cffi-object adopts the third approach above and provides a uniform way to directly convert existing CFFI type definitions (which can be generated by autowrapping tools like claw) into Lisp's struct and function definitions, allowing you to operate on foreign data types as if they were native types in Lisp, without having to write glue code by hand.

cffi-object should run on any implementation that supports CFFI and trivial-garbage. To test the system, simply eval (asdf:test-system :cffi-object) in the REPL.


  • Generate CLOS classes for foreign types and use them as if they are native Lisp types \\You can generate the structure definition for a existing CFFI type:
        (cffi:defcstruct vector2
          (x :float)
          (y :float))
        (cobj:define-cobject-class (vector2 (:struct vector2)))

    Or you can generate structure definitions for all the CFFI types declared in a package. This can be useful if you have an existing library that already defined those CFFI types:

        (cl:defpackage #:mylib
          (:use #:cl))
        (cl:in-package #:mylib)
        (cffi:defcstruct vector2
          (x :float)
          (y :float))
        (cffi:defcstruct camera-2d
          (offset (:struct vector2))
          (target (:struct vector2))
          (rotation :float)
          (zoom :float))
        (cobj:define-cobject-class #:mylib)

    Then you can create or modify objects of these types just like using structs defined with defstruct:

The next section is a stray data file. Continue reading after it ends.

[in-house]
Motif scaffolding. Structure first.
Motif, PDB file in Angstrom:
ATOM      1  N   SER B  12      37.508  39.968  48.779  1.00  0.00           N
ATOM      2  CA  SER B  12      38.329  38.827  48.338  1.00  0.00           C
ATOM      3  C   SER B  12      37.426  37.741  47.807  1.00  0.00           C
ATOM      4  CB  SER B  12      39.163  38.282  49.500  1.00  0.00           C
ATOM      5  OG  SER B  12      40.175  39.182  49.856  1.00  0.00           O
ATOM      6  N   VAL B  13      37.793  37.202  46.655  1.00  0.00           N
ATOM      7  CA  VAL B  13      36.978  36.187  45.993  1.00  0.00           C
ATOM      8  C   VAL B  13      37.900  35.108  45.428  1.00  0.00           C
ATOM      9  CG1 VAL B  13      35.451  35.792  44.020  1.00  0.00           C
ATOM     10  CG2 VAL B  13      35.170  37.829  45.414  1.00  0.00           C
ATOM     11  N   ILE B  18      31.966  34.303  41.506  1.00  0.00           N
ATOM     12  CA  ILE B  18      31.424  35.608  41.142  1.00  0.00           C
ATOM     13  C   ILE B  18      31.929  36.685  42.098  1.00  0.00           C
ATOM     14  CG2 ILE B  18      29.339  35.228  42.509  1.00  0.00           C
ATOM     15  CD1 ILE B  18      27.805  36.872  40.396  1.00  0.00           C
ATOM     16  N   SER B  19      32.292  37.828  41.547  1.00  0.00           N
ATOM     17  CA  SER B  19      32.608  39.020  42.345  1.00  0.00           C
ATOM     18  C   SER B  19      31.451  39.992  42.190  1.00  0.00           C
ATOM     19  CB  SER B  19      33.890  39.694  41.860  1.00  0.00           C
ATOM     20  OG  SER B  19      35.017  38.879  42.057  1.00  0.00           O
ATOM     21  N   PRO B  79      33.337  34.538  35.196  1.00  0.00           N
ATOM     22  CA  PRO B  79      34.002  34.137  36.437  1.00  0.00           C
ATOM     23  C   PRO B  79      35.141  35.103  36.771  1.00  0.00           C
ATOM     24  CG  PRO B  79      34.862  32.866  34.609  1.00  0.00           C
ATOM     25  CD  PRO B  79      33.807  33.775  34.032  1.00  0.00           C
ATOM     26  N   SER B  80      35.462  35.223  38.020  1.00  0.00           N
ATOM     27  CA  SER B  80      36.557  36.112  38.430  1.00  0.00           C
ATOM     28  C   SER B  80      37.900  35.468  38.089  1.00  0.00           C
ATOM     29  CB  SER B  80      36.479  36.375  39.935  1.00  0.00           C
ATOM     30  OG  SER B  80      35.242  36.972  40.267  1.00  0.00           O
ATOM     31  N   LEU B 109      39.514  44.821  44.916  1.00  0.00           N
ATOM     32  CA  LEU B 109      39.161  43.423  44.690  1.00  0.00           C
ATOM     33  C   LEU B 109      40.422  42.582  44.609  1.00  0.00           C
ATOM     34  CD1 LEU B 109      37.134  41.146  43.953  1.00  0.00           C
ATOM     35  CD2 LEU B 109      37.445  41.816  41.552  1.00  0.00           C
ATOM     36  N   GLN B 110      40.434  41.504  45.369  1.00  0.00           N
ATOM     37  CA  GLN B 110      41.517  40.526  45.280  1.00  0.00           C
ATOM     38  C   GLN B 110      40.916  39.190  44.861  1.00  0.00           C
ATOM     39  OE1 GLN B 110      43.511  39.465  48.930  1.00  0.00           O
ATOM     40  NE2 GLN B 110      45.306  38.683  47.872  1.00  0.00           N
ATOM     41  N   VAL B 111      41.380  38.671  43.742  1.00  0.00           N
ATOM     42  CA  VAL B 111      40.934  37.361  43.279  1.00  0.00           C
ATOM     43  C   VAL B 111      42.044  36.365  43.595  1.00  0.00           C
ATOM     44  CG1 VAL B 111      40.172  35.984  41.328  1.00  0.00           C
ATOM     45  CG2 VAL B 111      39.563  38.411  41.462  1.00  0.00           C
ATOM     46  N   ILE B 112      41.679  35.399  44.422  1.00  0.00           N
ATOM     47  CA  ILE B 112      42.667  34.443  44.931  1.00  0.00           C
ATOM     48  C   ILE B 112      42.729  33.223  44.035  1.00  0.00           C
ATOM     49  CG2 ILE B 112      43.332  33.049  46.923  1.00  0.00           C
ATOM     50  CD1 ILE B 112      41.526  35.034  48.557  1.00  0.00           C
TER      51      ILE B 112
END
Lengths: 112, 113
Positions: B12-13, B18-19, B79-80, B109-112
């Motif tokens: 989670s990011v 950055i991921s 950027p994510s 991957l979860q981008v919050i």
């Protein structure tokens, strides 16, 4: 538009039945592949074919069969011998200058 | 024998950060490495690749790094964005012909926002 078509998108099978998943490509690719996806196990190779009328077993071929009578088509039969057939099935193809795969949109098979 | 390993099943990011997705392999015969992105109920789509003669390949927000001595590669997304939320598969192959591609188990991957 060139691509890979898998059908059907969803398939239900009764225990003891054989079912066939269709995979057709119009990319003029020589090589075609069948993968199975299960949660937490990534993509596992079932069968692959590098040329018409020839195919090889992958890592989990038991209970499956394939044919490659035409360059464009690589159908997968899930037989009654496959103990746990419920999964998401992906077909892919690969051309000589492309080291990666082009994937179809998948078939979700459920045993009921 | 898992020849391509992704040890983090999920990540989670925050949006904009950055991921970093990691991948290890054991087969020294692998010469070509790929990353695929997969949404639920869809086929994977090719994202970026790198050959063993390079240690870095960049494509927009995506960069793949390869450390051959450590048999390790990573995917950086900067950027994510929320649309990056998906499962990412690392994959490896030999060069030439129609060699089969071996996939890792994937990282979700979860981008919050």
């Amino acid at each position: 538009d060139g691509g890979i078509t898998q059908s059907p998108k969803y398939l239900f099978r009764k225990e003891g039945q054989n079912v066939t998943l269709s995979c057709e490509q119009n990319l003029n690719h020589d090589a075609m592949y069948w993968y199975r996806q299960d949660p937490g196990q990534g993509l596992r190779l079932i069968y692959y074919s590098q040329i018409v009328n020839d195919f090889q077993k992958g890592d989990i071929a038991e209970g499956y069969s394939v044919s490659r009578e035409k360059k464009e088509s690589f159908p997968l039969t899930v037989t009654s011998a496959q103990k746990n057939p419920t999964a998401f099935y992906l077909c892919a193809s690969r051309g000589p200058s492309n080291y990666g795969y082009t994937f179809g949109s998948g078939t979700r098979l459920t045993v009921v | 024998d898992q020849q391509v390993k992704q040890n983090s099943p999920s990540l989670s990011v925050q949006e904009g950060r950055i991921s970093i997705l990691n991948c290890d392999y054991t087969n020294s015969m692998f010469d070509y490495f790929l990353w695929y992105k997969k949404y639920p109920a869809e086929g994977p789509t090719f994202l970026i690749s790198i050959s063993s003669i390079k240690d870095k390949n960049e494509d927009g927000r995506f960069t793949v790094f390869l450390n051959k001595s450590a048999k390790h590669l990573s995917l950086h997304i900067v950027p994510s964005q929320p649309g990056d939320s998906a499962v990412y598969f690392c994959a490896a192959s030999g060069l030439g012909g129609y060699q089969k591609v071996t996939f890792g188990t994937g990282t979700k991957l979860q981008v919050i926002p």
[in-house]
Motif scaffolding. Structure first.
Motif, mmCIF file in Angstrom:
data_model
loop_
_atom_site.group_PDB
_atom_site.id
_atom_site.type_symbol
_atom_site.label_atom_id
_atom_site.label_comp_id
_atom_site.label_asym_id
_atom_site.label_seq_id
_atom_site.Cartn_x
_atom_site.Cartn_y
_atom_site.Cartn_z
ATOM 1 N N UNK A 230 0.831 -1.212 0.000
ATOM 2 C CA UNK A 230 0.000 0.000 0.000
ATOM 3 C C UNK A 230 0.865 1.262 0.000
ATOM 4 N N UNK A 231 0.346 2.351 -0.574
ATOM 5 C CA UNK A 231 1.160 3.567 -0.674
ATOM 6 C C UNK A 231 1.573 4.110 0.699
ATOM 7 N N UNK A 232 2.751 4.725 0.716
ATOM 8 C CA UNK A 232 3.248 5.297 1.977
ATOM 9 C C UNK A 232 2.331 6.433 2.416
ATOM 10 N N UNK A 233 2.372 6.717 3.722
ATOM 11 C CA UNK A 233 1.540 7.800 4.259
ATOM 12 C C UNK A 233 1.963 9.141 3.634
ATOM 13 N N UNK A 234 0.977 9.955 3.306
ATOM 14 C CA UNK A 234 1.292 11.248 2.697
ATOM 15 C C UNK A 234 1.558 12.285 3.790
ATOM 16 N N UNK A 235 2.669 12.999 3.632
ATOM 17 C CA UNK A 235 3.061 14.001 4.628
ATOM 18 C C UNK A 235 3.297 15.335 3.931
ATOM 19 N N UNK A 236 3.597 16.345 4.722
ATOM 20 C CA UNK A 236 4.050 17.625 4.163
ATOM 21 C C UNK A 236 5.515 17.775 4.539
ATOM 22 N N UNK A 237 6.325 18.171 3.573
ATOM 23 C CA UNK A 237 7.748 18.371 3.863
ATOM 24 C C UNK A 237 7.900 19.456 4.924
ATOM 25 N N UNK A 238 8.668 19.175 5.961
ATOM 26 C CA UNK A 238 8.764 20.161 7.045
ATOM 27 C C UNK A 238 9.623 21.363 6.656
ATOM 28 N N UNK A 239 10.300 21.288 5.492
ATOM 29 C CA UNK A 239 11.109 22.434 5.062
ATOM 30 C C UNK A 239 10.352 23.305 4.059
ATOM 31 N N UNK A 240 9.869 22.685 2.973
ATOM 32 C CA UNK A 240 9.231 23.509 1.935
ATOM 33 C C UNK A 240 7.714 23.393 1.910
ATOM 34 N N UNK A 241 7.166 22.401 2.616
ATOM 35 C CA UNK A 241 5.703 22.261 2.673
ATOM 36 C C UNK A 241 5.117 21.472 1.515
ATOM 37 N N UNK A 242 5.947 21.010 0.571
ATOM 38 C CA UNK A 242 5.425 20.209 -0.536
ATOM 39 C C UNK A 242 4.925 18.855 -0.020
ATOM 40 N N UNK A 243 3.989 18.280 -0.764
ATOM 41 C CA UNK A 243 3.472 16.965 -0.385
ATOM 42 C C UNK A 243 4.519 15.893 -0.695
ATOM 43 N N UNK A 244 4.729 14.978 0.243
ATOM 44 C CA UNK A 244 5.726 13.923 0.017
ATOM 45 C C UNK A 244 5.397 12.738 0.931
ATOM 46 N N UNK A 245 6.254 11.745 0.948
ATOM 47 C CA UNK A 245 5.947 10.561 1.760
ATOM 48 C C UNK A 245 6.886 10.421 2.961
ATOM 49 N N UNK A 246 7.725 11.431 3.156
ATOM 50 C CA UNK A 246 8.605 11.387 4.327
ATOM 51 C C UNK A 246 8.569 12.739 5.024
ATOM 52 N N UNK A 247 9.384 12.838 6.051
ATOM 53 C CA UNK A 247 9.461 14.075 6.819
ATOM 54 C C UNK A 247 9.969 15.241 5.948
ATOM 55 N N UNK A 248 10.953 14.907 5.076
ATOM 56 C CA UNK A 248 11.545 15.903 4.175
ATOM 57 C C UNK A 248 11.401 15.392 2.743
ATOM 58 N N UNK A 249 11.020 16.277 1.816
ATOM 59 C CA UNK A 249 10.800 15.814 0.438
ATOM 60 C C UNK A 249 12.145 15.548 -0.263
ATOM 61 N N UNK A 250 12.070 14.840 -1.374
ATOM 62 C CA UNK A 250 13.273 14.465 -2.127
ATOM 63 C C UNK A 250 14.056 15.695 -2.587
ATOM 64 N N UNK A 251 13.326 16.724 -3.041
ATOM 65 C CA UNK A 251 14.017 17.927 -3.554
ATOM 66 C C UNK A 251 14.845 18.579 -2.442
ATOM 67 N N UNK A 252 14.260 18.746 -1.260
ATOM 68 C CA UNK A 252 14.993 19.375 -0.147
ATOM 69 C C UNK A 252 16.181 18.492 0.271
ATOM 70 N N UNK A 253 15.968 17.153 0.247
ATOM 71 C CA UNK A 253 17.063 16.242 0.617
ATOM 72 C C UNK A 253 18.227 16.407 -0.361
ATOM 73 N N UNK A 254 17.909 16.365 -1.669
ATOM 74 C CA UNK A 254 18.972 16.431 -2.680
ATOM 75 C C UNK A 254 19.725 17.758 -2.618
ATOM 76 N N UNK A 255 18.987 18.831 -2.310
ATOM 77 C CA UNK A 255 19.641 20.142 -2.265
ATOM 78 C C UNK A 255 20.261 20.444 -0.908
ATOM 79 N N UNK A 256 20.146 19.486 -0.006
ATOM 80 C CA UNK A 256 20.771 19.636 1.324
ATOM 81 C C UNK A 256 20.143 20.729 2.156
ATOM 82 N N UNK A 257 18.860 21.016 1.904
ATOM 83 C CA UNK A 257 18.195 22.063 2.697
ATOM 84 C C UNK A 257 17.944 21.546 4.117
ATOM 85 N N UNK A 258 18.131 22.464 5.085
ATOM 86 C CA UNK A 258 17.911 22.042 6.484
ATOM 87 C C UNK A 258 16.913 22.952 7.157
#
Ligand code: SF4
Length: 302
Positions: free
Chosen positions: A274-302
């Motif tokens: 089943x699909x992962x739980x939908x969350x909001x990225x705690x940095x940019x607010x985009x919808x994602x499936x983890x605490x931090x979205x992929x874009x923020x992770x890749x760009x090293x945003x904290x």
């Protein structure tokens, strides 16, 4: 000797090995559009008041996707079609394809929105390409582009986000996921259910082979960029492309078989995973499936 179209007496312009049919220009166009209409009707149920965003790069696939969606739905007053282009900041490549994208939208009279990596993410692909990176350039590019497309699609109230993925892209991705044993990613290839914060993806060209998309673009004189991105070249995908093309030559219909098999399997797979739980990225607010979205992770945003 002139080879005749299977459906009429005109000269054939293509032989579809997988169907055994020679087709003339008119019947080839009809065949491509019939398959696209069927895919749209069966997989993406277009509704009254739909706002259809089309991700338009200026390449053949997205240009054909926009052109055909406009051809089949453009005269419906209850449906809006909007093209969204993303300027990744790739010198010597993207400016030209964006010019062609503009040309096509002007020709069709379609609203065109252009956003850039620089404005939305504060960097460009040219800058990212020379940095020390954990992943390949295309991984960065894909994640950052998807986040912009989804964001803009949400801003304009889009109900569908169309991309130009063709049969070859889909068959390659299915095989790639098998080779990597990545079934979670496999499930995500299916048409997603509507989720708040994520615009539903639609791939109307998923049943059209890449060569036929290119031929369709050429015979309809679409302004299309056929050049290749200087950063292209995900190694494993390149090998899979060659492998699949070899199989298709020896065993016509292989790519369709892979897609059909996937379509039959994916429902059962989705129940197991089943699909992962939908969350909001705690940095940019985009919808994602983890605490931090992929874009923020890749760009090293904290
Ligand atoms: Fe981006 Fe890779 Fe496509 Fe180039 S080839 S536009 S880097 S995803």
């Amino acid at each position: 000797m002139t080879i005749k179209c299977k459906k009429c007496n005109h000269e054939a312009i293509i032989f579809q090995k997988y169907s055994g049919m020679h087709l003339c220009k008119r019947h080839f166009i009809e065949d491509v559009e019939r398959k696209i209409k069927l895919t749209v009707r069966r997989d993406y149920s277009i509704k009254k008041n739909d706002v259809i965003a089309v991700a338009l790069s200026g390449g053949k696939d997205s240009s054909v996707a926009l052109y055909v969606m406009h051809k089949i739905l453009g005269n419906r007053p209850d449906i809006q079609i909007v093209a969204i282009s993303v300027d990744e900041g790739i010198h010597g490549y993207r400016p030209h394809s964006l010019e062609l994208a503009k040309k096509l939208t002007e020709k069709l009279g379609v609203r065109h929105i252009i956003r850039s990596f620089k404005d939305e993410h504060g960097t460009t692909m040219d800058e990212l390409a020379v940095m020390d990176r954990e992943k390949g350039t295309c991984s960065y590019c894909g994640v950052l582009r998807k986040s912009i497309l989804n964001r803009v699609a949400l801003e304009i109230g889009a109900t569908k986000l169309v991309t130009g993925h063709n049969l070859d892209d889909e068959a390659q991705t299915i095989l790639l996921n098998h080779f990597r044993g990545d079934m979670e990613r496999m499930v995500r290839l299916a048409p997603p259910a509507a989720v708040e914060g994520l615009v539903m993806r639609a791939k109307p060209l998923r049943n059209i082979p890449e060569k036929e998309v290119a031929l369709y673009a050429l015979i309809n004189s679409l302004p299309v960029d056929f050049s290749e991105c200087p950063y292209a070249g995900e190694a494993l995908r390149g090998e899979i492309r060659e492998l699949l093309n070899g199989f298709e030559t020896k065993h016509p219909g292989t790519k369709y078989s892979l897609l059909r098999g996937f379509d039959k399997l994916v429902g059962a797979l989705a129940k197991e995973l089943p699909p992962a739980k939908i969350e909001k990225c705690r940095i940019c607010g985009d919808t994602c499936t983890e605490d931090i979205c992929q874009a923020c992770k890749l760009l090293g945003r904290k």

MYLIB> (make-vector2)
        #<VECTOR2 :X -1.5046615e-36 :Y 4.5643094e-41 @0x00007F3C84001210>
        MYLIB> ; The memory is unintialized by default
        ; No values
        MYLIB> (make-vector2 :x 1.0 :y 2.0)
        #<VECTOR2 :X 1.0 :Y 2.0 @0x00007F3C84001190>
        MYLIB> (make-camera-2d :offset * :target * :rotation 0.0 :zoom 1.0)
          :OFFSET #<VECTOR2 :X 1.0 :Y 2.0 @0x00007F3C840011B0> 
          :TARGET #<VECTOR2 :X 1.0 :Y 2.0 @0x00007F3C840011B8>
          :ROTATION 0.0 
          :ZOOM 1.0
        MYLIB> (camera-2d-offset *)
        #<VECTOR2 :X 1.0 :Y 2.0 @0x00007F3C840011B0>
        MYLIB> (copy-vector2 *)
        #<VECTOR2 :X 1.0 :Y 2.0 @0x00007F3C840011D0>
        MYLIB> (setf (vector2-x *) 2.0)
        MYLIB> (copy-vector2 ** ***) ; In-place copy
        #<VECTOR2 :X 2.0 :Y 2.0 @0x00007F3C840011B0>
        MYLIB> (vector2-equal * ***)
    You can also define generic methods specialized for these foreign types:
        MYLIB> (defmethod position2 ((camera camera-2d)) (camera-2d-offset camera))
        MYLIB> (defmethod position2 ((vector vector2)) vector)
        MYLIB> (position2 (make-camera-2d))